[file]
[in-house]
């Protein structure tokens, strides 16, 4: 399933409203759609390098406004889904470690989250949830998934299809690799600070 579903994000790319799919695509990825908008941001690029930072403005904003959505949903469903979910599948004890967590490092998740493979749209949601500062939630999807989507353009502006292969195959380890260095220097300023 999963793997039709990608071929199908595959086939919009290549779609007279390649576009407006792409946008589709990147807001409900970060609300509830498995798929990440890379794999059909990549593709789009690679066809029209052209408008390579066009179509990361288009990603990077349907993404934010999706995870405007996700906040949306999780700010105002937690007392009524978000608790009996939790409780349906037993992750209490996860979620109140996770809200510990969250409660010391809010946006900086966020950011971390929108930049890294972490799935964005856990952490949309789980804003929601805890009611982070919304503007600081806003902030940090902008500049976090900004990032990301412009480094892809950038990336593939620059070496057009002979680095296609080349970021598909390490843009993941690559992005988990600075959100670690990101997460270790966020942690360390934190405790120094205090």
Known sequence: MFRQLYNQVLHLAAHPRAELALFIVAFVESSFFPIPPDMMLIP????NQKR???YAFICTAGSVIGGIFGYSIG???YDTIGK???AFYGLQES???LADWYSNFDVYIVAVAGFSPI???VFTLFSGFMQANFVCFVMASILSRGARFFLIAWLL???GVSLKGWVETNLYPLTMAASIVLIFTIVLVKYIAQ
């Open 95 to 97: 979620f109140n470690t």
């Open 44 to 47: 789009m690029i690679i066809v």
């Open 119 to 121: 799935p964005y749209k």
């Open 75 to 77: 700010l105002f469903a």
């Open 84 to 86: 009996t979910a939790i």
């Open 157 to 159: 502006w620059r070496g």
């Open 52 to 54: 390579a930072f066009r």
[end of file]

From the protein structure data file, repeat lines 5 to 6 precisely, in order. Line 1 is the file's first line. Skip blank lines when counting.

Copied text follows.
């Open 44 to 47: 789009m690029i690679i066809v």
């Open 119 to 121: 799935p964005y749209k």